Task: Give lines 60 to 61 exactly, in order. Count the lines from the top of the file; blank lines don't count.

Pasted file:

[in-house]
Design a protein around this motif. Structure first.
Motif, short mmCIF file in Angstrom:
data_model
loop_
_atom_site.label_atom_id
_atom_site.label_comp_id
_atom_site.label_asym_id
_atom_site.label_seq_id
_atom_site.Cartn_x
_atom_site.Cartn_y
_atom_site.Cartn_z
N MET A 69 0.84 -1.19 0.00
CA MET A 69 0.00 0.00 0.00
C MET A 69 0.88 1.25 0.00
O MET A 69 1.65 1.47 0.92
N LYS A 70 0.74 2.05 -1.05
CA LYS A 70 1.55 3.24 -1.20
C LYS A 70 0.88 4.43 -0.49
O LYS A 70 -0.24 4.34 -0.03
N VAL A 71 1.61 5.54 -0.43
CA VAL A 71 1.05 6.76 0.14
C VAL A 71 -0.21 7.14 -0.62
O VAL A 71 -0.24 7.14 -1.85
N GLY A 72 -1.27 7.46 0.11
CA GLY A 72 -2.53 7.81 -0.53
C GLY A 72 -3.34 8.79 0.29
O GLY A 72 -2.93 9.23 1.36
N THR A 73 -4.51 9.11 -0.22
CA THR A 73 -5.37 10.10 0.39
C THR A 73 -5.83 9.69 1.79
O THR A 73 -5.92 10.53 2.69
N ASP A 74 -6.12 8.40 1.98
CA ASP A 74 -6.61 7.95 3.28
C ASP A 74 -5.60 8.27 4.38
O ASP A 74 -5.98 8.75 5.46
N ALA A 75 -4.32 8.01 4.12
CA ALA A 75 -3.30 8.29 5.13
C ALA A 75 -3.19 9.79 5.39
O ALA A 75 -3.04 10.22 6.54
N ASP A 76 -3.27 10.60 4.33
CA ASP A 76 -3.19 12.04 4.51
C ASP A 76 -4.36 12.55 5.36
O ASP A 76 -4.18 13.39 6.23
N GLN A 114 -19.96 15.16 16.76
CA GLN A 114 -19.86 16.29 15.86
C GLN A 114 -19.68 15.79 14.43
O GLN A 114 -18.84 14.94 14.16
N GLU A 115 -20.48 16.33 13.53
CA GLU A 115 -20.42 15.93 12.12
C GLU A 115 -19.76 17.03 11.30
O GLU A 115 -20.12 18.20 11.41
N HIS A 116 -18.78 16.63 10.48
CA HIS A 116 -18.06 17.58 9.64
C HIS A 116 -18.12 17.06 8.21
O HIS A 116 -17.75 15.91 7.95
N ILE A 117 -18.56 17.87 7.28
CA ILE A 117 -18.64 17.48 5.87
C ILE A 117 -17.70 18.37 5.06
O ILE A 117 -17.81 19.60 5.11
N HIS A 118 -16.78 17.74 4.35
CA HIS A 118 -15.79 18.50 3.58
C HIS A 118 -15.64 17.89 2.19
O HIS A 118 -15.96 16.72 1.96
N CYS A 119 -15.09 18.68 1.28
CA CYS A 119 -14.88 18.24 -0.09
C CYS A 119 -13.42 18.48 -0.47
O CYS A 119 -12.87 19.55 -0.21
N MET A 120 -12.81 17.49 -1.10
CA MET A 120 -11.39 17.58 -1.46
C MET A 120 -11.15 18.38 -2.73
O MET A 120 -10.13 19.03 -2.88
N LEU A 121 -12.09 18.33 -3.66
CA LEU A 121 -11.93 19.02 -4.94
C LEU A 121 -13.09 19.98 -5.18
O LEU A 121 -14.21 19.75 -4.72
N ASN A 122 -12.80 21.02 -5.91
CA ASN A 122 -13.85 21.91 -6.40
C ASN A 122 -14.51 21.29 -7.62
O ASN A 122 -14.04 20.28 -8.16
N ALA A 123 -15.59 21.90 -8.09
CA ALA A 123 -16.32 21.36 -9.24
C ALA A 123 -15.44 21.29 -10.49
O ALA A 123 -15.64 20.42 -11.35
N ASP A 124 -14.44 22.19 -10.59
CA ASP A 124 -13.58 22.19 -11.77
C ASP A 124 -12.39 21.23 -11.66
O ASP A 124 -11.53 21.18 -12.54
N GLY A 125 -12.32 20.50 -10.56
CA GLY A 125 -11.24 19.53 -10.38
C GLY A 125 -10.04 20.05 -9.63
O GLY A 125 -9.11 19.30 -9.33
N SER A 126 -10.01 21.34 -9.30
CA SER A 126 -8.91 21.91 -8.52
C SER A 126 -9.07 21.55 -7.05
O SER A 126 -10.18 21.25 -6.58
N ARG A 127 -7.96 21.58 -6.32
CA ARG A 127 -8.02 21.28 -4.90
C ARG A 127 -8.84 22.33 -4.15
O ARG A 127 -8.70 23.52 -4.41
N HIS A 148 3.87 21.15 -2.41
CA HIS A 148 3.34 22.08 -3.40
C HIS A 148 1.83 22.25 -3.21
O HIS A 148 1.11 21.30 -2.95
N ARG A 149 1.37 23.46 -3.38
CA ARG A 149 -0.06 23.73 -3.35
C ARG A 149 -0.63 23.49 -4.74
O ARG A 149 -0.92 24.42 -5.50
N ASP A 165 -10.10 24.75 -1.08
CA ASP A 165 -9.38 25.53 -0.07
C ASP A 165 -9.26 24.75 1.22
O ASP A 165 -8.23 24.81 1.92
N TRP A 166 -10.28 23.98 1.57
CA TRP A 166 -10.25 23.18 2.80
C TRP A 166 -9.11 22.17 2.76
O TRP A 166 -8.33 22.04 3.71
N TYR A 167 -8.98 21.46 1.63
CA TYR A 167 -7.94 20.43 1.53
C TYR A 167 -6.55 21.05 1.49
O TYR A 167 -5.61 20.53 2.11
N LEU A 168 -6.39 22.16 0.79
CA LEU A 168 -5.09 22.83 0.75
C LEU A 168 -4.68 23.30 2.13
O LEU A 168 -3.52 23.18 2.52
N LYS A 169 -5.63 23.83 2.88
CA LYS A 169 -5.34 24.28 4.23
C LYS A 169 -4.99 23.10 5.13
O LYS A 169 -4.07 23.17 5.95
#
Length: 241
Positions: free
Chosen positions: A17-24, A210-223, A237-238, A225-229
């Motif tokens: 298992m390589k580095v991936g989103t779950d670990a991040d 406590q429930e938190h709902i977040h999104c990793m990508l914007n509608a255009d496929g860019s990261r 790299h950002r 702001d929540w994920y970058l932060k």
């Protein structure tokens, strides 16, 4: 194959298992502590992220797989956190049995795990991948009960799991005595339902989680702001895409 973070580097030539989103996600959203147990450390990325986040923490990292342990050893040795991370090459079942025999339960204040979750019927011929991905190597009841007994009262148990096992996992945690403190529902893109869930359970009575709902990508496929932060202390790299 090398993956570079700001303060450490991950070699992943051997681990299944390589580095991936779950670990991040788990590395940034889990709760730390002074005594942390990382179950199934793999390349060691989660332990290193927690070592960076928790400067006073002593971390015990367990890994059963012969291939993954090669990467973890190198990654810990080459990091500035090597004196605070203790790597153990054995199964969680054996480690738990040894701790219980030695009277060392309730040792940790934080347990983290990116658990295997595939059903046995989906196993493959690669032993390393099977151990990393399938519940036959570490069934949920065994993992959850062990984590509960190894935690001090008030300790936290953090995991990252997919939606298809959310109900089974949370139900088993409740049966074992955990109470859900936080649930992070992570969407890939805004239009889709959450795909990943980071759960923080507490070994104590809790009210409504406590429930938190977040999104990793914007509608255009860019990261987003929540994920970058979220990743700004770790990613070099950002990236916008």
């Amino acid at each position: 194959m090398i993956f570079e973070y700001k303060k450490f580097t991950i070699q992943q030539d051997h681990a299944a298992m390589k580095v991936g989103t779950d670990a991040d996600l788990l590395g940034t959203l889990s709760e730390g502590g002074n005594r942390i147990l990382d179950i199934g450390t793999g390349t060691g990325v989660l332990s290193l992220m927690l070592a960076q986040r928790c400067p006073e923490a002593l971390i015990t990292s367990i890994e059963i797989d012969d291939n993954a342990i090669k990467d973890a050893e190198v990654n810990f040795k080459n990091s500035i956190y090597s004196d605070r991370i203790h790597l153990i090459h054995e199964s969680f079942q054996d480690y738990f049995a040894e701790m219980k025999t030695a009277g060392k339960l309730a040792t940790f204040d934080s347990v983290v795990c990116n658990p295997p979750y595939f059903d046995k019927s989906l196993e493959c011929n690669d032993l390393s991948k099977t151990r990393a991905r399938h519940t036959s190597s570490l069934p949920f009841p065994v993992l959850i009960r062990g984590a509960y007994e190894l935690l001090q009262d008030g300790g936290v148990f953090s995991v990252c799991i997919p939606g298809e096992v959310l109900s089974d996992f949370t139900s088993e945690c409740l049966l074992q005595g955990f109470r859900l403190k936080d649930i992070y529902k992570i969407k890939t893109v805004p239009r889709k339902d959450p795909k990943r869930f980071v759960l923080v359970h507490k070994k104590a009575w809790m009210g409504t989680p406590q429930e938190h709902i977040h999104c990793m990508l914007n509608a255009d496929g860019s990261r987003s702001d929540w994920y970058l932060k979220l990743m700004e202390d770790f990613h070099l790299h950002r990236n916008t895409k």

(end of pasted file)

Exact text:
O ILE A 117 -17.81 19.60 5.11
N HIS A 118 -16.78 17.74 4.35